James Seymour (left) and Chris Strout, both firefighters/EMTs in Orrington, put tested hose onto Engine 2 on Oct. 13. Orrington officials are looking to build a new $3.5 million public safety building at the corner of Center Drive and Tupper Drive that would combine fire and police. Credit: Linda Coan O'Kresik

Selectmen in Orrington next week are expected to set a new date for a special town meeting where residents will vote on erecting a $3.5 million building that will house the town’s police office and fire department.

Meanwhile, a group of voters in town are pushing for less expensive proposals. They submitted petitions last month requesting a different special town meeting to consider those less costly ideas.

Both topics are on the agenda for Tuesday’s regularly scheduled meeting of the Board of Selectmen: setting a date for the special town meeting, and considering those voter petitions, which were presented Oct. 22 and request a special meeting Dec. 11.

Information on who circulated the petition or the number of voters who signed it has not been released.

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The $3.5 million plan for a new public safety building would combine the town’s now separate police office and fire department building, which contain health hazards and code violations. The proposed 13,000-square-foot-building would be constructed at the corner of Center and Tupper drives. The construction would have no effect on the tax rate and would be funded from the combined municipal building reserve account, the tax increment financing account and the undesignated fund balance, officials said previously.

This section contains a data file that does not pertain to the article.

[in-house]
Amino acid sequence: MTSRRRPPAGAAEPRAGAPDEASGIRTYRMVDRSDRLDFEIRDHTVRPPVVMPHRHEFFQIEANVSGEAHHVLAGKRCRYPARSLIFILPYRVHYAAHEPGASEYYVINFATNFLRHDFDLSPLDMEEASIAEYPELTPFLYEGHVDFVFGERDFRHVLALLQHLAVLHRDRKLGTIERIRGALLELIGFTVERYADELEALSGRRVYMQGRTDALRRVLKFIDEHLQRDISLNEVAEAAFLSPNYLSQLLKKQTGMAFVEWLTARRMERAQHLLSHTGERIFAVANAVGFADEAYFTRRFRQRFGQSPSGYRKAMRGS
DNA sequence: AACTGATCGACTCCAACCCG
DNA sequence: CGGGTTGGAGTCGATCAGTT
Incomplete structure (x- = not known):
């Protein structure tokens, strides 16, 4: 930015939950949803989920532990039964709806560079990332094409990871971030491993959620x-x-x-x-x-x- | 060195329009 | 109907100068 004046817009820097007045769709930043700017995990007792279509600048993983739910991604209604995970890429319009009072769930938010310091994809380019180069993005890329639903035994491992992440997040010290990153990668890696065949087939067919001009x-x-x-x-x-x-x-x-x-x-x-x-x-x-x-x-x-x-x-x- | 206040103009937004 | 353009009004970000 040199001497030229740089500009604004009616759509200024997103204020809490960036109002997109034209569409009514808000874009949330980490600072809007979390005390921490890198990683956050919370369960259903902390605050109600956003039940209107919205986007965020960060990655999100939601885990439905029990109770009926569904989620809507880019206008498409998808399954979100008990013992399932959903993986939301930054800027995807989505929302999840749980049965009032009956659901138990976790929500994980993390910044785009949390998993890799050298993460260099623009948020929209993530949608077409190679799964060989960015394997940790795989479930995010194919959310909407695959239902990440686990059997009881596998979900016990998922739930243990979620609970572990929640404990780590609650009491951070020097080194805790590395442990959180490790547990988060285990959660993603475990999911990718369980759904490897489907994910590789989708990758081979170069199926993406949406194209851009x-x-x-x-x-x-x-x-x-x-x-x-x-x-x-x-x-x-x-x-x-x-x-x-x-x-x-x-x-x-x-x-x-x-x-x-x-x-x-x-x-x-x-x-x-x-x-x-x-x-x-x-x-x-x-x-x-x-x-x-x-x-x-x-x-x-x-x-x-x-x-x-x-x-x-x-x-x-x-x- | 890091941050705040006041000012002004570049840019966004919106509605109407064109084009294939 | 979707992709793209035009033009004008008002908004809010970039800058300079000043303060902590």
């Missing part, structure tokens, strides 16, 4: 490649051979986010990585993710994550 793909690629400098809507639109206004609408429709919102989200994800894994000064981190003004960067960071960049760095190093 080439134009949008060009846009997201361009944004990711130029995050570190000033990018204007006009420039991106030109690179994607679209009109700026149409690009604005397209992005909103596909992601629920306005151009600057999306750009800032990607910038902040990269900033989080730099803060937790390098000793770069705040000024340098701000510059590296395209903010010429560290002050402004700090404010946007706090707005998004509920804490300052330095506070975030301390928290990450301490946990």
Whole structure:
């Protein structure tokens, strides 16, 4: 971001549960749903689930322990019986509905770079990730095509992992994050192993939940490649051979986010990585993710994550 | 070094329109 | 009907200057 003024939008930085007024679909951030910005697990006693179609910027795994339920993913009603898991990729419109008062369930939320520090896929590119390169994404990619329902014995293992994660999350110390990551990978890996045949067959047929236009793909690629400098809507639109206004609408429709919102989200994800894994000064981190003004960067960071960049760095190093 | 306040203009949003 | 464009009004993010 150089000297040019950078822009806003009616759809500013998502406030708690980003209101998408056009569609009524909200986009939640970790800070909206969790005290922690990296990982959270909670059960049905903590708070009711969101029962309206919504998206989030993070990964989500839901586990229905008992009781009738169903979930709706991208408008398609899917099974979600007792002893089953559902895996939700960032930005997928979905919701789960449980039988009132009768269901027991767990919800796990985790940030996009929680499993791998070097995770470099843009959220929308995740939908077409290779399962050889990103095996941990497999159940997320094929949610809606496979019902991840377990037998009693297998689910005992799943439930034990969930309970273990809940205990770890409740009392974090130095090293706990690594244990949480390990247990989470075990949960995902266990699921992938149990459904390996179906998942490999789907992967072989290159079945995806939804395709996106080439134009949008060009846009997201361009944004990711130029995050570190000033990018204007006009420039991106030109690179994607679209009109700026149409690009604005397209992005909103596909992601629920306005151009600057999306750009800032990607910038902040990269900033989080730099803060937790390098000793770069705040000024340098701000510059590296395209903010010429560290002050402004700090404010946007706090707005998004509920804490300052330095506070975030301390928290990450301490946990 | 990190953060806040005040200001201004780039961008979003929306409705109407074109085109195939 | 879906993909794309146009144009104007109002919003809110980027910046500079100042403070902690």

Signs lining Route 15, Center Drive and other well traveled roads in town indicate the community is split over how much the town should spend on a new building. “Support Our First Responders, Vote Yes,” some say. Signs on the other side of the issue promise: “We Will Build It for Less.”

A special town meeting for a vote on the $3.5 million plan was set for Oct. 23. It was canceled when Interim Town Manager Andrew Fish and Town Clerk Susan Carson realized town residents may not have been legally notified of it because the Board of Selectmen had not signed a warrant in accordance with state law.

Selectmen were supposed to set a new date for the vote at their Oct. 22 meeting, according to the agenda for that meeting. That decision was delayed when petitions seeking the Dec. 11 meeting were presented, according to Fish.

State law allows petitions signed by at least 10 percent of the number of votes cast in the town at the previous gubernatorial election to insert an article into the next warrant or to call a special meeting within 60 days to consider an issue.

The Board of Selectmen, not the petitioners, set the date for the special meeting.